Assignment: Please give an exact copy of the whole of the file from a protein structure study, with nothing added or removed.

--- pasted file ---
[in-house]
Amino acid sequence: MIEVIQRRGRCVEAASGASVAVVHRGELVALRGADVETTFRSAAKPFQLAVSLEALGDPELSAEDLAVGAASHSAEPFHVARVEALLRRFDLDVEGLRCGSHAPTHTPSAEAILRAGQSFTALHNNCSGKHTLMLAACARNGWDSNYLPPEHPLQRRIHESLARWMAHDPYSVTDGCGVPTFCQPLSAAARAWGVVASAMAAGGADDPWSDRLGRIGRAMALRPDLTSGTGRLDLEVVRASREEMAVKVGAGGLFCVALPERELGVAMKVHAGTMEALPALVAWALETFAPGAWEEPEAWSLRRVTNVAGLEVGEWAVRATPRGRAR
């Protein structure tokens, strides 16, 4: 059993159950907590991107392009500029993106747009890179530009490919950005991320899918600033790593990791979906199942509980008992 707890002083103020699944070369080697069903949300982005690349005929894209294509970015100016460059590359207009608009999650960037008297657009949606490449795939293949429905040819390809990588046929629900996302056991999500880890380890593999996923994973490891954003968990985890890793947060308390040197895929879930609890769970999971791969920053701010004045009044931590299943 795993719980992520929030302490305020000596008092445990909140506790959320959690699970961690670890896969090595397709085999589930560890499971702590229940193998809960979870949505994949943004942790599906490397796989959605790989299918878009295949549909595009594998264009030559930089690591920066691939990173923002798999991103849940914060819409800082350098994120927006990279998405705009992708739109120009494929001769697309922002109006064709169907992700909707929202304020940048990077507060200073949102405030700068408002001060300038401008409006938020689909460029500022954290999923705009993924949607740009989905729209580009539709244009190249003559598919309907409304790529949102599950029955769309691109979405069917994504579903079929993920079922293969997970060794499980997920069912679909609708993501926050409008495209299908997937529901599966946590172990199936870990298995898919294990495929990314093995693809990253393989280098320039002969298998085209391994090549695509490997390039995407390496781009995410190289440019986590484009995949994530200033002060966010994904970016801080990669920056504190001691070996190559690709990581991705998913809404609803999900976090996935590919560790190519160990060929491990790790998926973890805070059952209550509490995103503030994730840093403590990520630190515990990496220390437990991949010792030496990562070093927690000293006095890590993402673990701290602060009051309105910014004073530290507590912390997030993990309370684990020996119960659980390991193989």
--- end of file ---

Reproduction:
[in-house]
Amino acid sequence: MIEVIQRRGRCVEAASGASVAVVHRGELVALRGADVETTFRSAAKPFQLAVSLEALGDPELSAEDLAVGAASHSAEPFHVARVEALLRRFDLDVEGLRCGSHAPTHTPSAEAILRAGQSFTALHNNCSGKHTLMLAACARNGWDSNYLPPEHPLQRRIHESLARWMAHDPYSVTDGCGVPTFCQPLSAAARAWGVVASAMAAGGADDPWSDRLGRIGRAMALRPDLTSGTGRLDLEVVRASREEMAVKVGAGGLFCVALPERELGVAMKVHAGTMEALPALVAWALETFAPGAWEEPEAWSLRRVTNVAGLEVGEWAVRATPRGRAR
């Protein structure tokens, strides 16, 4: 059993159950907590991107392009500029993106747009890179530009490919950005991320899918600033790593990791979906199942509980008992 707890002083103020699944070369080697069903949300982005690349005929894209294509970015100016460059590359207009608009999650960037008297657009949606490449795939293949429905040819390809990588046929629900996302056991999500880890380890593999996923994973490891954003968990985890890793947060308390040197895929879930609890769970999971791969920053701010004045009044931590299943 795993719980992520929030302490305020000596008092445990909140506790959320959690699970961690670890896969090595397709085999589930560890499971702590229940193998809960979870949505994949943004942790599906490397796989959605790989299918878009295949549909595009594998264009030559930089690591920066691939990173923002798999991103849940914060819409800082350098994120927006990279998405705009992708739109120009494929001769697309922002109006064709169907992700909707929202304020940048990077507060200073949102405030700068408002001060300038401008409006938020689909460029500022954290999923705009993924949607740009989905729209580009539709244009190249003559598919309907409304790529949102599950029955769309691109979405069917994504579903079929993920079922293969997970060794499980997920069912679909609708993501926050409008495209299908997937529901599966946590172990199936870990298995898919294990495929990314093995693809990253393989280098320039002969298998085209391994090549695509490997390039995407390496781009995410190289440019986590484009995949994530200033002060966010994904970016801080990669920056504190001691070996190559690709990581991705998913809404609803999900976090996935590919560790190519160990060929491990790790998926973890805070059952209550509490995103503030994730840093403590990520630190515990990496220390437990991949010792030496990562070093927690000293006095890590993402673990701290602060009051309105910014004073530290507590912390997030993990309370684990020996119960659980390991193989």